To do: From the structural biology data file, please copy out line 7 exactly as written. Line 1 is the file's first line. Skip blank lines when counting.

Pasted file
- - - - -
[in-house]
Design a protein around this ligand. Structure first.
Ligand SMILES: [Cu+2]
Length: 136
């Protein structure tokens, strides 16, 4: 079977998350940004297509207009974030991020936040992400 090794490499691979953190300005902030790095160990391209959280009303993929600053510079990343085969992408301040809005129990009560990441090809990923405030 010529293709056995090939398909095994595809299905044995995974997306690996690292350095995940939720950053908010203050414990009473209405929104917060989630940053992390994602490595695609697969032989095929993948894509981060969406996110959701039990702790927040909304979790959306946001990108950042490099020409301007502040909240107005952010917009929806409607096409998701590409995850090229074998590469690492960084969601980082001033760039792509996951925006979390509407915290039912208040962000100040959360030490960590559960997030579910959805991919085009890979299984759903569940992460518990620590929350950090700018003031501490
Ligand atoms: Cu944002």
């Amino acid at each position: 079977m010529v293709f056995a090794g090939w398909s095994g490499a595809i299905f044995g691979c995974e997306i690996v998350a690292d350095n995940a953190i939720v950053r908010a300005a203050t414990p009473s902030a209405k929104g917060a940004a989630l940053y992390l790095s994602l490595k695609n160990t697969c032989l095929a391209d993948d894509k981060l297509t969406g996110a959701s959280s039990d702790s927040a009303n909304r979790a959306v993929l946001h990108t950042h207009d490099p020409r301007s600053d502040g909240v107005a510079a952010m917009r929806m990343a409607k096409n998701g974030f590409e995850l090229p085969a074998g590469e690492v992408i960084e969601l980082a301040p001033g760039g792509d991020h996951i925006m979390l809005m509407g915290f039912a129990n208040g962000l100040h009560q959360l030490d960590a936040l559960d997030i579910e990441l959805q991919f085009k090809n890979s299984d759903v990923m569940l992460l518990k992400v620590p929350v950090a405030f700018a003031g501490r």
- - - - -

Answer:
């Amino acid at each position: 079977m010529v293709f056995a090794g090939w398909s095994g490499a595809i299905f044995g691979c995974e997306i690996v998350a690292d350095n995940a953190i939720v950053r908010a300005a203050t414990p009473s902030a209405k929104g917060a940004a989630l940053y992390l790095s994602l490595k695609n160990t697969c032989l095929a391209d993948d894509k981060l297509t969406g996110a959701s959280s039990d702790s927040a009303n909304r979790a959306v993929l946001h990108t950042h207009d490099p020409r301007s600053d502040g909240v107005a510079a952010m917009r929806m990343a409607k096409n998701g974030f590409e995850l090229p085969a074998g590469e690492v992408i960084e969601l980082a301040p001033g760039g792509d991020h996951i925006m979390l809005m509407g915290f039912a129990n208040g962000l100040h009560q959360l030490d960590a936040l559960d997030i579910e990441l959805q991919f085009k090809n890979s299984d759903v990923m569940l992460l518990k992400v620590p929350v950090a405030f700018a003031g501490r």